The New York Yankees found themselves in the headlines this week. For one, they lost longtime second baseman Robinson Cano to the Seattle Mariners. However, with the Yankees being the Yankees and no strangers to digging deep for highly touted free agents, they inked centerfielder Jacoby Ellsbury away from their bitter rival and World Series champion Boston Red Sox, as well as inking Carlos Beltran to a three-year deal.
It’s obvious how hungry the Yanks are. Why wouldn’t they be? This team finished at 85-77, missing the playoffs for the first time since 2008. We know what happened the next season and the Yankees are determined to repeat that 2009 magic.
However, shouldn’t this team be focusing on bolstering its starting rotation? They just resigned Hiroki Kuroda to a one-year deal, and yes, Kuroda is a very good pitcher, but he turns 39 Feb. 10 and therefore can’t be part of the team’s long term plans. His age may not be a factor, however, should he continue to pitch as well as he has for New York.
The Yankees ranked 18th in team ERA with 3.94 in 2013. The highest team ERA of any playoff qualifier was the 3.82 of the Cleveland Indians, who ranked 15th. Opposing teams hit .261 off the Yanks, tied with the Los Angeles Angels. Only the Colorado Rockies, Philadelphia Phillies, Minnesota Twins and Houston Astros had higher averages against them.
New York lost Andy Pettitte to retirement and while he gave Yankee fans many memories in his career, he did have his series of outings in which he struggled in his final year. The team just lost Phil Hughes to the Twins, and if this past season’s stats are any indicator, the Yankees are lucky the two parties severed ties. Hughes had a 78 ERA+ and 1.455 WHIP, the worst in both categories of any regular starter.
This team may have a Hall of Famer in C.C. Sabathia, but Sabathia did very little to help his case in 2013. He has a career ERA+ of 121, which isn’t too bad and has 2,389 career strikeouts with an excellent shot at 3,000. While having 3,000 strikeouts isn’t necessarily an automatic milestone, per se, having that on one’s resume absolutely helps. In addition, he won a Cy Young in 2007 with the Tribe and finished in the top 5 four other times.
Yet that Sabathia was missing this past season. He gave up 112 earned runs, which led all of baseball and had a career worst 1.370 WHIP. He has shown himself to be very durable, working more than 200 innings in every season he has been with the Yankees, but he is not getting younger and it would be hard to imagine the team could afford to keep paying his big contract should he repeat 2013 or get worse in the upcoming year.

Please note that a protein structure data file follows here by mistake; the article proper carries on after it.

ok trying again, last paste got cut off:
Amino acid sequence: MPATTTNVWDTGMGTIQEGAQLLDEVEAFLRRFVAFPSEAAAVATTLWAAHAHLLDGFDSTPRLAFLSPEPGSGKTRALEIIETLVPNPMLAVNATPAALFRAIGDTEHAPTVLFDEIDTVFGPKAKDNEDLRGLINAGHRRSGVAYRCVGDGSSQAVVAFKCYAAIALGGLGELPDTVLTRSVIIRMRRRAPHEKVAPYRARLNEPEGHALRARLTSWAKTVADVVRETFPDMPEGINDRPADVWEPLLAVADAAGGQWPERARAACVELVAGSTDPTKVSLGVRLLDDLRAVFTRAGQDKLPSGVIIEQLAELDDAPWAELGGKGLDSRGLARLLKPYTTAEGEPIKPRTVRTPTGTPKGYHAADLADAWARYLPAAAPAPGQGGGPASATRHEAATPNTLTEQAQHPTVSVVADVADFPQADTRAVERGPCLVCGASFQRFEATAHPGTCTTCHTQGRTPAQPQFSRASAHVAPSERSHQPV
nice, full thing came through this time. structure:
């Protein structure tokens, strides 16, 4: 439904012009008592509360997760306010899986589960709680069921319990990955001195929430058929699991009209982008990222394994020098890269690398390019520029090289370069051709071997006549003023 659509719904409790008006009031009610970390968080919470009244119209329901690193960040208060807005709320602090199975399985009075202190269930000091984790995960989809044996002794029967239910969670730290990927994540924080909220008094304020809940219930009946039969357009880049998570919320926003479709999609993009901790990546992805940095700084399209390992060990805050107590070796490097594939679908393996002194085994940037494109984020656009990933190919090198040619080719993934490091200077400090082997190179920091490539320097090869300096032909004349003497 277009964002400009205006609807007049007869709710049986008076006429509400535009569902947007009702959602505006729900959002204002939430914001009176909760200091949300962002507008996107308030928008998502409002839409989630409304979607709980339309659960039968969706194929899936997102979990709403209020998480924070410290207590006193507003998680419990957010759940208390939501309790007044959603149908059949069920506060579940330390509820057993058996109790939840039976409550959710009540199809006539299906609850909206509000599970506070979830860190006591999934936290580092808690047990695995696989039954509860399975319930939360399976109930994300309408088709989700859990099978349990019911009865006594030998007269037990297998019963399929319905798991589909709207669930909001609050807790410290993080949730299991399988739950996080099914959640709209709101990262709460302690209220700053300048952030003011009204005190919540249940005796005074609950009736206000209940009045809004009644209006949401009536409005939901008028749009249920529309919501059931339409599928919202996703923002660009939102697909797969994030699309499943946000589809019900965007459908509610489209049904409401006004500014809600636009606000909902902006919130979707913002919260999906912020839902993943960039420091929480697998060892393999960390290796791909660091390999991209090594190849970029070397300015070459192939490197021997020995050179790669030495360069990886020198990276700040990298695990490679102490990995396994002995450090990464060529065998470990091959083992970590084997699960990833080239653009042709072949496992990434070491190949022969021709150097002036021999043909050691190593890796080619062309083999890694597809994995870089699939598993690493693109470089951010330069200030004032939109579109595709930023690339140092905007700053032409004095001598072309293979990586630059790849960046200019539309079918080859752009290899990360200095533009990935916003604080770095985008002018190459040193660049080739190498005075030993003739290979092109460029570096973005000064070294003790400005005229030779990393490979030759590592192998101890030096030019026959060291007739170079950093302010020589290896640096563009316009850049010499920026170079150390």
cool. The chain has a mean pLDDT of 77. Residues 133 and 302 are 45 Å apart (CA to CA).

David Phelps needs to bounce back. He had a promising 2012 with a 126 ERA+ and 1.194 WHIP. However, he failed to capitalize on a promising first year by nailing an 81 ERA+ and 1.419 WHIP this past season. He’s 27 years old and does have it in him, but for a team trying to win right now, is he a good candidate for a starting spot?
In addition to Kuroda, Ivan Nova was very respectable. He has shown a lot of promise in his time in this league. After finishing 4th in AL Rookie of the Year voting in 2011, he had a sophomore slump in 2012, only to redeem himself in 2013. Still, what should give for Nova is the most innings he has ever pitched in his career was 170.1 in 2012. Nova has it in him to be promising for the Yanks for many years to come, but if he wants to live up to his full potential, he’s going to have to work a lot more innings.
According to Bleacher Report’s Ely Sussman, the team is a potential suitor for the services of Masahiro Tanaka, Matt Garza, Ubaldo Jimenez and Bronson Arroyo. Granted, the Yankees need not sign every single one of them, but inking one or two of them can definitely go a long way for a team that wants to win, and now.
After finishing 3rd in the NL Cy Young voting in 2010, Jimenez was pedestrian in 2011 and 2012 before nicely bouncing back in 2013.
Like Kuroda, Arroyo is climbing up in the years. He’ll be 37 in February. However, he’s a workhorse who has exceeded the 200 inning mark eight times in his career. Whichever team signs the 36-year-old righty may find themselves a bargain. His WHIP in 2013 was 1.153, good enough for the lowest in his career.
Out of the aforementioned pitchers, the one the Yankees, and other clubs, should treat with the greatest caution is Garza. He found himself to be a hot commodity for the Chicago Cubs, going 6-1 with a 125 ERA+ and 1.141 WHIP for the team in 11 starts. However, when they traded him to the Texas Rangers July 22, he found himself one game under .500, going 4-5 with his new club. Garza found his ERA+ to be 94 and WHIP at 1.316. If he was looking to reward himself with a nice contract this offseason, his performance in Texas didn’t exactly help his cause, and therefore before a team goes after him, they need to be aware that they could be getting the Garza impressed nicely for the Northsiders in 71 innings this past year, or that that same Garza showed not to be as impressive once he went back to the American League.
Looking at recent reports, the Rakuten Golden Eagles seem likely to post Tanaka after multiple sources previously reporting the team really wanting the 25-year-old hurler to stay. Even if the Yankees don’t scoop him up, Jimenez and Arroyo are definitely promising prospects who can help shore up that starting rotation.
It’s no secret they badly crave that 28th World Series Championship and they could get it in 2014 if the speedy Ellsbury stays healthy and if Beltran continues to perform well. However, it’s important they go after pitching as well. Based on the rotation’s 2013 performance, there are a couple of building blocks and therefore can only go up next season.
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